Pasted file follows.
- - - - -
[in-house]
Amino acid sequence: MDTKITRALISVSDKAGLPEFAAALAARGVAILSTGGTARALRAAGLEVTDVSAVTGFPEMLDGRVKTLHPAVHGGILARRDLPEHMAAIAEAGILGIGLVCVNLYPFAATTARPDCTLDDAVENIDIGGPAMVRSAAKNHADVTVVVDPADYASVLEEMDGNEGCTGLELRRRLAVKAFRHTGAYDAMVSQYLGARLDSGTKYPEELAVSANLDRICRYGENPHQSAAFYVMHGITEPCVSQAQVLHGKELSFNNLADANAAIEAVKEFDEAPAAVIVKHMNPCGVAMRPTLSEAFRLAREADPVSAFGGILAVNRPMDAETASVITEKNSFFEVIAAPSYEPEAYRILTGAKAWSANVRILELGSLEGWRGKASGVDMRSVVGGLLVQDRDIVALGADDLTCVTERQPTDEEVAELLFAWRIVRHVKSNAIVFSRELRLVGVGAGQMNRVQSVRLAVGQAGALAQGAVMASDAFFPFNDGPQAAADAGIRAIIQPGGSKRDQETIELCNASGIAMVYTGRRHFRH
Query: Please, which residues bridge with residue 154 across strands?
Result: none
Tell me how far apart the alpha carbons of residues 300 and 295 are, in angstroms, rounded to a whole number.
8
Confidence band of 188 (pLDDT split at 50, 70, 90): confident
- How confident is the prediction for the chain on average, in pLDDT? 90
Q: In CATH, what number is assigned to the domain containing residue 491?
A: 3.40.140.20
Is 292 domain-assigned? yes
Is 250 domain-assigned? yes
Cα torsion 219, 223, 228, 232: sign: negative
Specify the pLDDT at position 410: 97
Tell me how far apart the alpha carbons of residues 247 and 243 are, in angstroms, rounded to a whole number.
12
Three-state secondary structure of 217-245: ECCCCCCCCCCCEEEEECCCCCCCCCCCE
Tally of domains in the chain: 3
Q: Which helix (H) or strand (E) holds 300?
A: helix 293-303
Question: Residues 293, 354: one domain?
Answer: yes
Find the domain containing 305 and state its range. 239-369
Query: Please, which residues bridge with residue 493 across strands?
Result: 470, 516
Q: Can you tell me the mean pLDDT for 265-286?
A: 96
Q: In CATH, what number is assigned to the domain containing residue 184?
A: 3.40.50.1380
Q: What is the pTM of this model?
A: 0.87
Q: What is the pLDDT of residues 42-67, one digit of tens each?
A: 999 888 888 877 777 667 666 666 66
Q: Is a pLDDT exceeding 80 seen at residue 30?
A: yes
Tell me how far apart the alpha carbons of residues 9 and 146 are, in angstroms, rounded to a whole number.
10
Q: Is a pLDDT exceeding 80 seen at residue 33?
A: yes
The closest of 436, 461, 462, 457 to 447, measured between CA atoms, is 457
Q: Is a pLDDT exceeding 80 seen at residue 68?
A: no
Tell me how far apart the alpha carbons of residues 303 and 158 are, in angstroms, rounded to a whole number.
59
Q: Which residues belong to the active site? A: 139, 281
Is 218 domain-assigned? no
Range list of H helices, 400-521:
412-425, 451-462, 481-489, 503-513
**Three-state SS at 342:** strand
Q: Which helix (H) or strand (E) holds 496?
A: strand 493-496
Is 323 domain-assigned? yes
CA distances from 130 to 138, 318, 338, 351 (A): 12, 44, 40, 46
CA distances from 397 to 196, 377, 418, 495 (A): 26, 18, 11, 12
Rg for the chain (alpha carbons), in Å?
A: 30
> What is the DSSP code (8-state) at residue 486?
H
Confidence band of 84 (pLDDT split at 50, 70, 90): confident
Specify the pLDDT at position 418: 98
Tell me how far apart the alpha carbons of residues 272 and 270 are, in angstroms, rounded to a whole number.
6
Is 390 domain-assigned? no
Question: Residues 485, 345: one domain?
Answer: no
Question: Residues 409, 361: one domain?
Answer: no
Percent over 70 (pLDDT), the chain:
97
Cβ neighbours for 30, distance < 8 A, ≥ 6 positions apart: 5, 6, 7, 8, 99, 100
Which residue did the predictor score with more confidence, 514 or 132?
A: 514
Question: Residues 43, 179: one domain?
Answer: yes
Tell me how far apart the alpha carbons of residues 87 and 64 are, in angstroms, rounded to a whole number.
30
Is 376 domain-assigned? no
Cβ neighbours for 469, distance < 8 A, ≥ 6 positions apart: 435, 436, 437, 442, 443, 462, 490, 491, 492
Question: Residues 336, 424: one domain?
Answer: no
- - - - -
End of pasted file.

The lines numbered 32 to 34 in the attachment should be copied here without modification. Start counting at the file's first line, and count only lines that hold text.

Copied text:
Q: What is the pLDDT of residues 42-67, one digit of tens each?
A: 999 888 888 877 777 667 666 666 66
Q: Is a pLDDT exceeding 80 seen at residue 30?